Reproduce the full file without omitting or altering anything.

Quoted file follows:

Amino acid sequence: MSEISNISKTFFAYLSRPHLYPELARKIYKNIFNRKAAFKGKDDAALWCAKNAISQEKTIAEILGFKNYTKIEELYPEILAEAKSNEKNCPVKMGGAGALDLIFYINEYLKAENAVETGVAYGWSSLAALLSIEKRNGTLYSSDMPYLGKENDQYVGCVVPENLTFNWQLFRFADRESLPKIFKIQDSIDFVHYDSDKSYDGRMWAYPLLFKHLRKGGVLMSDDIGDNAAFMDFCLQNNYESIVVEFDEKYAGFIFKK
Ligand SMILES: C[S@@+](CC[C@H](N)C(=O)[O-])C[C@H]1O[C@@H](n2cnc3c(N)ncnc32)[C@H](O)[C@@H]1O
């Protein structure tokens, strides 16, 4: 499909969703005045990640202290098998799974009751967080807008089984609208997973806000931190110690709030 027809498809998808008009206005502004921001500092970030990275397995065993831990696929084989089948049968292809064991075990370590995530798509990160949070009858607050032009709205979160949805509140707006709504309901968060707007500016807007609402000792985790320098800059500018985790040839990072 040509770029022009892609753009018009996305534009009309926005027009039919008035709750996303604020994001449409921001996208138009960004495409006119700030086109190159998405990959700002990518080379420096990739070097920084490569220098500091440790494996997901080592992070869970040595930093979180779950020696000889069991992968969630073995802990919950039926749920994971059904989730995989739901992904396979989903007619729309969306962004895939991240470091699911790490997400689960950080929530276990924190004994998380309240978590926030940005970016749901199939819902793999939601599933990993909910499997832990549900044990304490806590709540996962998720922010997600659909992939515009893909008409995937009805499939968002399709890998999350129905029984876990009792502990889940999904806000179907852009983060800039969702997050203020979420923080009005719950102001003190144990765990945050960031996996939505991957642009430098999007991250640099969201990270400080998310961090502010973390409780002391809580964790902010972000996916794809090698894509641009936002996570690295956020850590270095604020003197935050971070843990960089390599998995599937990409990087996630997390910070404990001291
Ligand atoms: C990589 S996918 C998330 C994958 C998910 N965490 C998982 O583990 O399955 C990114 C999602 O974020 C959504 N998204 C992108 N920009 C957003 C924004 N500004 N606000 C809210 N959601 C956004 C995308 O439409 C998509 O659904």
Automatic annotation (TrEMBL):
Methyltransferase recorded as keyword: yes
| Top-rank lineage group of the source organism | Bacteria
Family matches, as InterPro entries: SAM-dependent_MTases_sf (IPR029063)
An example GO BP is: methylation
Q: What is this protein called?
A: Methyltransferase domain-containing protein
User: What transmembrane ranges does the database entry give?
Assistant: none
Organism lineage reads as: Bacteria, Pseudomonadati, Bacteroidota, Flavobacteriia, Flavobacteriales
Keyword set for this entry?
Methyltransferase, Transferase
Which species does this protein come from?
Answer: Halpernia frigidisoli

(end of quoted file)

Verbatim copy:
Amino acid sequence: MSEISNISKTFFAYLSRPHLYPELARKIYKNIFNRKAAFKGKDDAALWCAKNAISQEKTIAEILGFKNYTKIEELYPEILAEAKSNEKNCPVKMGGAGALDLIFYINEYLKAENAVETGVAYGWSSLAALLSIEKRNGTLYSSDMPYLGKENDQYVGCVVPENLTFNWQLFRFADRESLPKIFKIQDSIDFVHYDSDKSYDGRMWAYPLLFKHLRKGGVLMSDDIGDNAAFMDFCLQNNYESIVVEFDEKYAGFIFKK
Ligand SMILES: C[S@@+](CC[C@H](N)C(=O)[O-])C[C@H]1O[C@@H](n2cnc3c(N)ncnc32)[C@H](O)[C@@H]1O
């Protein structure tokens, strides 16, 4: 499909969703005045990640202290098998799974009751967080807008089984609208997973806000931190110690709030 027809498809998808008009206005502004921001500092970030990275397995065993831990696929084989089948049968292809064991075990370590995530798509990160949070009858607050032009709205979160949805509140707006709504309901968060707007500016807007609402000792985790320098800059500018985790040839990072 040509770029022009892609753009018009996305534009009309926005027009039919008035709750996303604020994001449409921001996208138009960004495409006119700030086109190159998405990959700002990518080379420096990739070097920084490569220098500091440790494996997901080592992070869970040595930093979180779950020696000889069991992968969630073995802990919950039926749920994971059904989730995989739901992904396979989903007619729309969306962004895939991240470091699911790490997400689960950080929530276990924190004994998380309240978590926030940005970016749901199939819902793999939601599933990993909910499997832990549900044990304490806590709540996962998720922010997600659909992939515009893909008409995937009805499939968002399709890998999350129905029984876990009792502990889940999904806000179907852009983060800039969702997050203020979420923080009005719950102001003190144990765990945050960031996996939505991957642009430098999007991250640099969201990270400080998310961090502010973390409780002391809580964790902010972000996916794809090698894509641009936002996570690295956020850590270095604020003197935050971070843990960089390599998995599937990409990087996630997390910070404990001291
Ligand atoms: C990589 S996918 C998330 C994958 C998910 N965490 C998982 O583990 O399955 C990114 C999602 O974020 C959504 N998204 C992108 N920009 C957003 C924004 N500004 N606000 C809210 N959601 C956004 C995308 O439409 C998509 O659904």
Automatic annotation (TrEMBL):
Methyltransferase recorded as keyword: yes
| Top-rank lineage group of the source organism | Bacteria
Family matches, as InterPro entries: SAM-dependent_MTases_sf (IPR029063)
An example GO BP is: methylation
Q: What is this protein called?
A: Methyltransferase domain-containing protein
User: What transmembrane ranges does the database entry give?
Assistant: none
Organism lineage reads as: Bacteria, Pseudomonadati, Bacteroidota, Flavobacteriia, Flavobacteriales
Keyword set for this entry?
Methyltransferase, Transferase
Which species does this protein come from?
Answer: Halpernia frigidisoli